“As the truth of Christ is in me…” (II Cor. 11:10).
Look how often Paul, in his letters, speaks with an oath: “God is my witness” (Rom. 1:9), “As God is true” (II Cor. 1:18), “Behold, before God, I lie not” (Gal. 1:20), “God is my record” (Phil. 1:8), “I speak the truth in Christ, and lie not” (I Tim. 2:7), etc., etc.
As Dean Howson has said: “When Paul makes a solemn statement under the sense of God’s presence, he does not hesitate to express this.”
But had not others spoken under the sense of God’s presence? Of course they had, yet Paul calls God to witness far more often than any other Bible writer. Why is this? The answer is found in the distinctive character of Paul’s ministry as the apostle of “the mystery.” John the Baptist, the four evangelists and the twelve apostles did not need to speak with oaths since they proclaimed that which had already been prophesied. But with Paul it was different. Separate from the twelve, who were widely known as the apostles of Christ, Paul had been raised up to make known a wonderful secret which God had kept hidden from all who had gone before. While not a contradiction of prophecy, this secret had nevertheless not been prophesied; it was a new revelation. Hence it was appropriate that the Apostle should insist again and again that he wrote as in the presence of God.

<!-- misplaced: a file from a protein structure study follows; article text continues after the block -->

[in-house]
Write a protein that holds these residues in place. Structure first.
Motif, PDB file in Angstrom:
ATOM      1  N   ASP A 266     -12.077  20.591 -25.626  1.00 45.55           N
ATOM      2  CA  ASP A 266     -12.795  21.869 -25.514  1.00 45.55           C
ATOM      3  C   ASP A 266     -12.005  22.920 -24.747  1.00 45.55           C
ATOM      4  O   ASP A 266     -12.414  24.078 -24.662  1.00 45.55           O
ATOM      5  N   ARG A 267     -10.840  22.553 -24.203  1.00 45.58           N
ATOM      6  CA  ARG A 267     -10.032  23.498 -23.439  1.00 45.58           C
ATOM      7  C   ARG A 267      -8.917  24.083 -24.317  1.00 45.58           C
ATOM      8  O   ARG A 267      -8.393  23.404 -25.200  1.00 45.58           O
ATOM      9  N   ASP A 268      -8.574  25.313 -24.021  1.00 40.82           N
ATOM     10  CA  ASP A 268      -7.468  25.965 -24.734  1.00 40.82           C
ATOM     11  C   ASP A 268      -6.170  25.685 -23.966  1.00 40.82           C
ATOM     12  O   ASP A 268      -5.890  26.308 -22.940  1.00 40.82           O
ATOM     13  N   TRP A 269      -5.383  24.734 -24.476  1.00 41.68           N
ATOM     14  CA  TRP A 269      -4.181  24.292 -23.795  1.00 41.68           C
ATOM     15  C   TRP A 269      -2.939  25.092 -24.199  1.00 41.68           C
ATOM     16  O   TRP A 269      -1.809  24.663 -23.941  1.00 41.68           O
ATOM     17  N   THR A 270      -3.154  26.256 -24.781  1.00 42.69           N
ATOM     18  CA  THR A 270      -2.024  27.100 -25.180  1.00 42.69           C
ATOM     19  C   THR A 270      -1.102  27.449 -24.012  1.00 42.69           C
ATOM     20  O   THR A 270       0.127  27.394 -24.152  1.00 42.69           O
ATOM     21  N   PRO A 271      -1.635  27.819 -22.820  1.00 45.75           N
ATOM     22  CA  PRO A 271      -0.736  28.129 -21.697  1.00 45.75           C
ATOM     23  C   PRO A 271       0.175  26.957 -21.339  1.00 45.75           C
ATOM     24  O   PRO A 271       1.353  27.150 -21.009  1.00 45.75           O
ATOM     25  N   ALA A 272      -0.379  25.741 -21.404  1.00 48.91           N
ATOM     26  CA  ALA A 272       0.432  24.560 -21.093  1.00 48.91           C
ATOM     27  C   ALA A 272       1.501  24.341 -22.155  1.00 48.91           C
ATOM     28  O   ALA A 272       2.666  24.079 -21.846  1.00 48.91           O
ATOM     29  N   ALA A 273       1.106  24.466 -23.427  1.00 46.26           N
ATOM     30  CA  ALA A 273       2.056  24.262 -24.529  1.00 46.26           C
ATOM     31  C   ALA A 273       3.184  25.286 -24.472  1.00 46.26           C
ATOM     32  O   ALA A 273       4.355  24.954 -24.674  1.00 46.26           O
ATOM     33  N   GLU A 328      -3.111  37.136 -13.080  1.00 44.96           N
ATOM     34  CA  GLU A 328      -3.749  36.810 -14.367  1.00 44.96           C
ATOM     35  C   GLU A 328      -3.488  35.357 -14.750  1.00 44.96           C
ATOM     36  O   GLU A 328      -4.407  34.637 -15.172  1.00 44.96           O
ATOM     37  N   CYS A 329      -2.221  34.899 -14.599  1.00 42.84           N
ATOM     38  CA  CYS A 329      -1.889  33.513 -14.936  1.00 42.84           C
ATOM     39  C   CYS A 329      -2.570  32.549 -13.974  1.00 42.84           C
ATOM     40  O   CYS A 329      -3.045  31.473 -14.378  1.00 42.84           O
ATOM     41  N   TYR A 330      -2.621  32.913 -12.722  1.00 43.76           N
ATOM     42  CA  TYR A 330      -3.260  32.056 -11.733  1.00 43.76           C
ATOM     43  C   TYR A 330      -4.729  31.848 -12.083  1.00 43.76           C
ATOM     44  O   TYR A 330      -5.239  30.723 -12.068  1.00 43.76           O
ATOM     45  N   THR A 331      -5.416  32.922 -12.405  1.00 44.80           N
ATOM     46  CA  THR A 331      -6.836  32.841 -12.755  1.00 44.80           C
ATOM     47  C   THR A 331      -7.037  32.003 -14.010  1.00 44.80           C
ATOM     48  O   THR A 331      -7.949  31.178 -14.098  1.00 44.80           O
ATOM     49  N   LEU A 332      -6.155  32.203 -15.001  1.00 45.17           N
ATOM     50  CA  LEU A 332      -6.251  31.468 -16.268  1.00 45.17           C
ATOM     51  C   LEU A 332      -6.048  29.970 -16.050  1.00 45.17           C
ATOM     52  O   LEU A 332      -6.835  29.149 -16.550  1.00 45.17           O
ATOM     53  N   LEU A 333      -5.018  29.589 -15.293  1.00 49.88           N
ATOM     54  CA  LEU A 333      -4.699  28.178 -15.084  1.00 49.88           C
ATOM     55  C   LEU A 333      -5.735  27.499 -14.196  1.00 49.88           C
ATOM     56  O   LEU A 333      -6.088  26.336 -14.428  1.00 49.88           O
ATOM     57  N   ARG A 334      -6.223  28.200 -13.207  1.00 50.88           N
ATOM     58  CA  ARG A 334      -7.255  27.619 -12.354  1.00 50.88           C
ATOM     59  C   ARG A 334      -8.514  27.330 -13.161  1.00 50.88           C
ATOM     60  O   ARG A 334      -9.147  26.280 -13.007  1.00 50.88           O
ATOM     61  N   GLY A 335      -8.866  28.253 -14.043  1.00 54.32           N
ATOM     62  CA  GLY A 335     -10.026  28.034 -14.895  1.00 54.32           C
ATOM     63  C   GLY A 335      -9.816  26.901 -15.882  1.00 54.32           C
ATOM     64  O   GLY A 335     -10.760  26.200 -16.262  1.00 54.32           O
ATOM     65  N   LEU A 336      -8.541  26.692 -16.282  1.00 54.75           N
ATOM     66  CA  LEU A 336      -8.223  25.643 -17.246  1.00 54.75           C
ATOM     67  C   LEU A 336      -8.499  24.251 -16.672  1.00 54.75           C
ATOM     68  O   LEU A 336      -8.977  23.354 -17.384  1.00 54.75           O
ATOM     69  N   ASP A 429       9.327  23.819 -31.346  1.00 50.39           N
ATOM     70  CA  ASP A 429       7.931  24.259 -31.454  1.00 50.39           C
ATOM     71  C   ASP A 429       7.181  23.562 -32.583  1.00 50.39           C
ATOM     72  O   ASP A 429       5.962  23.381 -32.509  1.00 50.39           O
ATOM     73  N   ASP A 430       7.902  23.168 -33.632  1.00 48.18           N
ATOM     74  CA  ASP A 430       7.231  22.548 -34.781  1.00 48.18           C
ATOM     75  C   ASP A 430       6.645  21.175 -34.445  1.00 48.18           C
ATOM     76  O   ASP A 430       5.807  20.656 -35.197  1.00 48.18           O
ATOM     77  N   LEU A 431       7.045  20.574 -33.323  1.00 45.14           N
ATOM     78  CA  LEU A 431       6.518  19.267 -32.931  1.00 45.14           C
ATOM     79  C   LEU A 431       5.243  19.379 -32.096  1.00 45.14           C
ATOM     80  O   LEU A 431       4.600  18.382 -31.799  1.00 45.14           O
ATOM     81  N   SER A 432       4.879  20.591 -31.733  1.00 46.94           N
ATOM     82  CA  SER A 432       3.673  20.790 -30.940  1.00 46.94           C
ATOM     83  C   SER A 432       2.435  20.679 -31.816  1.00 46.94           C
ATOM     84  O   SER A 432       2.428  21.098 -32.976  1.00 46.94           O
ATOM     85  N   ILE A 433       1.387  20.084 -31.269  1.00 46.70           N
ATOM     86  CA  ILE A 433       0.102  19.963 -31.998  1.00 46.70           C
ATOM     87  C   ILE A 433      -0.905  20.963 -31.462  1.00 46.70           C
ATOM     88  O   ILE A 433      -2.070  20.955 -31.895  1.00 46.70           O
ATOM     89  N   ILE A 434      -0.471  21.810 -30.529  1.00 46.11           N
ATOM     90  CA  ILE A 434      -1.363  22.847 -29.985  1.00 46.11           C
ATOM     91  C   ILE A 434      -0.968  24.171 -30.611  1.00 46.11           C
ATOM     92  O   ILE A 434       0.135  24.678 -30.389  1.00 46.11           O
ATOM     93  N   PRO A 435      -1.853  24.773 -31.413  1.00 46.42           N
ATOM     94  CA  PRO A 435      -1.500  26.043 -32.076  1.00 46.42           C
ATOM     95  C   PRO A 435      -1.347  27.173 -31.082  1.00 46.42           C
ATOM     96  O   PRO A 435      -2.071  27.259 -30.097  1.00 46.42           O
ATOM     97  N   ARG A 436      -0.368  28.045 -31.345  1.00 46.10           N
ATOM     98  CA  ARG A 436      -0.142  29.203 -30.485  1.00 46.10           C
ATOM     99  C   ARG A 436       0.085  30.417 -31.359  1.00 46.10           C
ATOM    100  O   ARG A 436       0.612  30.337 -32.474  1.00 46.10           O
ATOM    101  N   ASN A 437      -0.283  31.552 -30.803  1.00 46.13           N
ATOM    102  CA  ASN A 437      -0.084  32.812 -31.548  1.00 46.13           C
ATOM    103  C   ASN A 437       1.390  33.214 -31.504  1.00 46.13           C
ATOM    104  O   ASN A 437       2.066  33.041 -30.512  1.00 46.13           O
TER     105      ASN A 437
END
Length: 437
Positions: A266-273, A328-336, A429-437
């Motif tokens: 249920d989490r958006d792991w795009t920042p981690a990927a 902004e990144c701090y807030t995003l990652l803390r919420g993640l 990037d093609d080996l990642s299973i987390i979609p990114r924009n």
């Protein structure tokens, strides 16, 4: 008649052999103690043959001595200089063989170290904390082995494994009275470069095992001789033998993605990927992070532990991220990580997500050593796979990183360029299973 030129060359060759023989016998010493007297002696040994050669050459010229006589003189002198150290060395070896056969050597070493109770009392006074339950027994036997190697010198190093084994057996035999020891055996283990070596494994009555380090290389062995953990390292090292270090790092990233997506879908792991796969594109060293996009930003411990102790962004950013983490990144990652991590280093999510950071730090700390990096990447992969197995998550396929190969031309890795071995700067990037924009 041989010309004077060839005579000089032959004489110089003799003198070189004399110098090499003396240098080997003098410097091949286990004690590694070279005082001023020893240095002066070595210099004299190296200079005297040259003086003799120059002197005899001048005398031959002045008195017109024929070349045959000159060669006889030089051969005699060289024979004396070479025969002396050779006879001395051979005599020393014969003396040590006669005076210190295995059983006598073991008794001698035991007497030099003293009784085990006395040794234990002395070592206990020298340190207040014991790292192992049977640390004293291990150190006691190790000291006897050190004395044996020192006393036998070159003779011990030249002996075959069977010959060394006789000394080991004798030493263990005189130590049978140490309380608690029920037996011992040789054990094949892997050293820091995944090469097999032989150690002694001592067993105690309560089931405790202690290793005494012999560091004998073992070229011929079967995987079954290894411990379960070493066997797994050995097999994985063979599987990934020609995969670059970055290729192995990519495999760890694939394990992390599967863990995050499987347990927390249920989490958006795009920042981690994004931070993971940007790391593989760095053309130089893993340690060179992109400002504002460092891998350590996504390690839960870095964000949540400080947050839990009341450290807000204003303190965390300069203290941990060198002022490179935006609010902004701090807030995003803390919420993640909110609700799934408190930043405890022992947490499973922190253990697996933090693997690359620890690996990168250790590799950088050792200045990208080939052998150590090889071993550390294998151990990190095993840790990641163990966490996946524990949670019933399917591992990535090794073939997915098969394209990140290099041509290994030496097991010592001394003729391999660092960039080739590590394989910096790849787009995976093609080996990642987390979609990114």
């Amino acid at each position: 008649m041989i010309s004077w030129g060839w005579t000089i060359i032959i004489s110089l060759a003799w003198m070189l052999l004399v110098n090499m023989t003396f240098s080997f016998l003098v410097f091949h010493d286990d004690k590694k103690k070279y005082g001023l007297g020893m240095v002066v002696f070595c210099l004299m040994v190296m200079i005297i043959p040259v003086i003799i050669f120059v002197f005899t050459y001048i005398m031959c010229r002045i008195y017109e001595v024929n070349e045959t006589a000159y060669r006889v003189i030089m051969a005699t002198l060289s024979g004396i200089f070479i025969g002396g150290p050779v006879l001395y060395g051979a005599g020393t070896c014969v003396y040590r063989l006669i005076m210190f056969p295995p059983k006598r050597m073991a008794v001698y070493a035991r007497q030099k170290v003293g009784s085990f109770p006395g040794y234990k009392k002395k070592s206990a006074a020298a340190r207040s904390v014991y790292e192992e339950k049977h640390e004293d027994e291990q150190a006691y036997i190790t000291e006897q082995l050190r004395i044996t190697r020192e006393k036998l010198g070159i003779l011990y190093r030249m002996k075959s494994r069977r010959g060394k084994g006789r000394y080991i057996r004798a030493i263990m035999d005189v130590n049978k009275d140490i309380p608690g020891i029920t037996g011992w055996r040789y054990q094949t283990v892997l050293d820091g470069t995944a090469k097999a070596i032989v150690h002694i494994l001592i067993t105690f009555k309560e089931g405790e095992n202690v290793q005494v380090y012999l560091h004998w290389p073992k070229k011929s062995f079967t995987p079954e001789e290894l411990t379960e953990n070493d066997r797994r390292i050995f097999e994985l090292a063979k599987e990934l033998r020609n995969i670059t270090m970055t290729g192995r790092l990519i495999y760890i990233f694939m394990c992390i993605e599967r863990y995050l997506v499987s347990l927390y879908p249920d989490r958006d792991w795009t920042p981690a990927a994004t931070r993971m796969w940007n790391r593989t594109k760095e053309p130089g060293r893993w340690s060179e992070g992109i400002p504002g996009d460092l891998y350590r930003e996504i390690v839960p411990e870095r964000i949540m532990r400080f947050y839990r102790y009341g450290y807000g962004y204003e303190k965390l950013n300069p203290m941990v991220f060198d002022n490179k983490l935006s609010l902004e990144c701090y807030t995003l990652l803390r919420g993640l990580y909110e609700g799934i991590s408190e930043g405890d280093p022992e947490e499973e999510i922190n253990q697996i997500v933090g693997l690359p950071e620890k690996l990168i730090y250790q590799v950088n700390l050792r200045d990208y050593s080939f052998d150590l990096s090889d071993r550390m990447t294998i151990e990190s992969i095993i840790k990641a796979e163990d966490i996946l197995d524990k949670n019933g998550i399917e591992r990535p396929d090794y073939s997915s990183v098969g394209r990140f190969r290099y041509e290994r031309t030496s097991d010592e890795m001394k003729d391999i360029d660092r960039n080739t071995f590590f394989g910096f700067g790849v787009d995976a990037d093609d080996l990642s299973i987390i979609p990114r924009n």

As we consider Paul’s oaths, however, we must ask ourselves whether anyone ever used the oath with more solemn sincerity. Did anyone ever suffer so intensely for the truths he proclaimed, or pay so dearly to convince others of them? Could anyone say with such simplicity to those who knew him best:
“Ye know… after what manner I have been with you at all seasons, serving the Lord with all humility of mind, and with many tears and temptations [testings]… and how I kept back nothing that was profitable unto you…” (Acts 20:18-20). source